What’s Your Major?:Why You Should Study History at University
Study What You Love, Let Your Passion Lead You.
It is not uncommon to be sat round a table with adults and be asked why I chose to study history at university, it is normally the precursor to the even more awkward question ‘what are you going to with that degree after university?’ My knee-jerk response is normally to laugh awkwardly and say that I really don’t know.
I always knew when it came to university applications that I wanted to study history. I never doubted that for a moment. I didn’t have some huge five-year plan mapped out ahead, but I had always been my favourite subject during my school career and it was a relief to get to after those oh-so-difficult biology classes! I never struggled with history as a subject, I don’t think many people do. Yes, dates can be a pain to remember but the facts are often quite interesting and easy to remember once you start to look at events in detail. I think that I grasped the subject quite well because I find people interesting and that’s essentially what history is. Why did people and countries do the things they did? What were their motives? Was it strategic or personal? Some periods of history can get about as complicated as a Prison Break plot and just unravel so much detail and intrigue that you become completely engrossed in the subject, or at least that’s what I find.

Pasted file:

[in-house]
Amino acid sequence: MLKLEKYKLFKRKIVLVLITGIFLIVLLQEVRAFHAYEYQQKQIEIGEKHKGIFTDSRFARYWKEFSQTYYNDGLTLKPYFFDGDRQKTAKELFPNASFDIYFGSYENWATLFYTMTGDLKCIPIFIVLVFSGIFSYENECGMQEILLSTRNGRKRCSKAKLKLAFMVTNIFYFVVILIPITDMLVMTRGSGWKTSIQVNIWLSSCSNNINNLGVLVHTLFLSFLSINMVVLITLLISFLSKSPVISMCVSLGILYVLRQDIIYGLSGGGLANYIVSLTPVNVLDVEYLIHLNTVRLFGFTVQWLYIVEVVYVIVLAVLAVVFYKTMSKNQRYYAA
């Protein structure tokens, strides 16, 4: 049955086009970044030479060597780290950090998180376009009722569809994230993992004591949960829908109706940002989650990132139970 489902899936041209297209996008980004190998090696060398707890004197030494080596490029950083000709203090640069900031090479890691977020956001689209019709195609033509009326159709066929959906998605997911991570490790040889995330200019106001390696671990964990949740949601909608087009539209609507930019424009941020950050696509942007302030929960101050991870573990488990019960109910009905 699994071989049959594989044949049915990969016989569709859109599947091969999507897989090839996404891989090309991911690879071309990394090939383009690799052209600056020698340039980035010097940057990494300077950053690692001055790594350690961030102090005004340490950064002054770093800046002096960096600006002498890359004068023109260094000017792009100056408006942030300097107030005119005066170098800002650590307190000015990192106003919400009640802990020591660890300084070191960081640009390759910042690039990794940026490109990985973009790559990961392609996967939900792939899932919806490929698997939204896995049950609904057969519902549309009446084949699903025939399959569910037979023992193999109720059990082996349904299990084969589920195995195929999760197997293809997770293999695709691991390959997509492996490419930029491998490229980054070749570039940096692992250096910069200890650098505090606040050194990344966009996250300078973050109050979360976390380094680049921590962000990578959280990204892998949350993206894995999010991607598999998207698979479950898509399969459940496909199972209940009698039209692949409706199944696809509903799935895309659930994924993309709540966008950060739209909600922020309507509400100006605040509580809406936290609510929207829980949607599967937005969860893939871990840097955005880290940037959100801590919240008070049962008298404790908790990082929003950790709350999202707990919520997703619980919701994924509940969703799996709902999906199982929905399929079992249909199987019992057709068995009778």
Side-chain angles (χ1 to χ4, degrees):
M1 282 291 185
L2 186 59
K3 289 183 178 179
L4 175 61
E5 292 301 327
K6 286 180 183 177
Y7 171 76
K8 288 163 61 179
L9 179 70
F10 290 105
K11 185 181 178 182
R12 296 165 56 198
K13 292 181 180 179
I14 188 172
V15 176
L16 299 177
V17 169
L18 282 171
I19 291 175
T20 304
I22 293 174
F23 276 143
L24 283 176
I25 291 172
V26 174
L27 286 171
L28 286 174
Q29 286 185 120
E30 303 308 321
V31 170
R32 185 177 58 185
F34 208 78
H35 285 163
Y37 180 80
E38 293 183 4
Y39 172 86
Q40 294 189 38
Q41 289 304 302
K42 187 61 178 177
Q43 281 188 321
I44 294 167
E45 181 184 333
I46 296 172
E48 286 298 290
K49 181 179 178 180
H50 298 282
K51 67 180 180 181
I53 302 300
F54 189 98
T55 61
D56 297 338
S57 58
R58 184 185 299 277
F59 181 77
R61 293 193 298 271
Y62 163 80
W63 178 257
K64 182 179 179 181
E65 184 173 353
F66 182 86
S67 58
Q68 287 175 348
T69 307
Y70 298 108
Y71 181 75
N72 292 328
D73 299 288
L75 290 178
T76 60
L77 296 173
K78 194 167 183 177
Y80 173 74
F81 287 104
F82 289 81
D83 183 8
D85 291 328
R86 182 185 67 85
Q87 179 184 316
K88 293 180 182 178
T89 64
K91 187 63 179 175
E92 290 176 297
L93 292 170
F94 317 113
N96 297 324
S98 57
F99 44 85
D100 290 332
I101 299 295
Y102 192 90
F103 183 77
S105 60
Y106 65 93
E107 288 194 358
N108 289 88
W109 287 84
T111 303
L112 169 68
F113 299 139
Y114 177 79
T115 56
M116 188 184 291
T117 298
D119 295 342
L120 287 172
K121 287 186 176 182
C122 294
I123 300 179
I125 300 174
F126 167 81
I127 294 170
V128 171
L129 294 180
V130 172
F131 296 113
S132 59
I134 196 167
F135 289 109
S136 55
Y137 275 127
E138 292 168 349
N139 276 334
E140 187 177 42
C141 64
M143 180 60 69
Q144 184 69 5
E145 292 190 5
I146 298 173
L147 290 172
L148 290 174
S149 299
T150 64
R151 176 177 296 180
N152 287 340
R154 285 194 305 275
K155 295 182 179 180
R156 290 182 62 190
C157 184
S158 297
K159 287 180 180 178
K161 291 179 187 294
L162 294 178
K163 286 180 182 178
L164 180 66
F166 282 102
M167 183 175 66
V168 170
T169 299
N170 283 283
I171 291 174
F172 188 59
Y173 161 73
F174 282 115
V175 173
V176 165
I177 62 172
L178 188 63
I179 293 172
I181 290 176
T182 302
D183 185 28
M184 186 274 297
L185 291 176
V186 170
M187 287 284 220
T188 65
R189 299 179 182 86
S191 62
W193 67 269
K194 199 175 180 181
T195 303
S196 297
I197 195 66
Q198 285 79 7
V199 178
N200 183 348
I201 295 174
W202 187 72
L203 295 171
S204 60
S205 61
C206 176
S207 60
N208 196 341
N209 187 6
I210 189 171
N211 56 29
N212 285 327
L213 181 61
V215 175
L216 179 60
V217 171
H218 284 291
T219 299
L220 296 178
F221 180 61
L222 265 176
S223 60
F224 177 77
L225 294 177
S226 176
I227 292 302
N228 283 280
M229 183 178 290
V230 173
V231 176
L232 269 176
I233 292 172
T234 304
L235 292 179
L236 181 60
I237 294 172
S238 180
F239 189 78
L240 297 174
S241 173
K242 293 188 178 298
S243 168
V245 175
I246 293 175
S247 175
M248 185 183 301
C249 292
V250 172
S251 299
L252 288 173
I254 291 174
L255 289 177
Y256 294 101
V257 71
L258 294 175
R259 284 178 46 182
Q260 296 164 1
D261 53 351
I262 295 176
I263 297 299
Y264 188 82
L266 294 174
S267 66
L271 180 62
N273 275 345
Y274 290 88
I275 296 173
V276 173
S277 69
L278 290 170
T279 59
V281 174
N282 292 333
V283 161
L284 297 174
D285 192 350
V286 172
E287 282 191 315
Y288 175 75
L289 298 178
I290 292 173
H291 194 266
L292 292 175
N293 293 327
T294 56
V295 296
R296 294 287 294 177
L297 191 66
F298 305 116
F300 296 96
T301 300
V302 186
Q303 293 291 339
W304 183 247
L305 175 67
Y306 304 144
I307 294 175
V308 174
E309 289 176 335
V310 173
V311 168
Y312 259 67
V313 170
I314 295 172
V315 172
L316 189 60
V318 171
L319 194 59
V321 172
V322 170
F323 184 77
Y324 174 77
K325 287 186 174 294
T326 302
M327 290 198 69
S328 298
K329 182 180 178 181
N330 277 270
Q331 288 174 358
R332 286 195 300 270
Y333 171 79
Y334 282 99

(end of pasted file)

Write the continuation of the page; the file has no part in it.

There are many reasons that I think more people should pick history, here are my top three:
1. It really is a good degree to have, you gain a wide variety of literary and research skills that employers love – or at least that’s what I have been led to believe!
2. You learn about people. And more often than not you can relate to it, whether you have visited that battle site, or you had relatives involved in a political event that they told you about – you can always find something that relates to you no matter how small, even if it’s the fact that your favourite colour happens to be the colour of royals in a country you may never even of heard of!
3. There are an unbelievable number of bizarre historical facts that will come to light during your time at university. They may be hilarious, heart-wrenching or even horrifying but they will keep your brain ticking over that little bit longer. At this point in time my favourite has to be that King Henry III of England kept a polar bear in the Tower of London and let it swim in the Thames River – Crazy!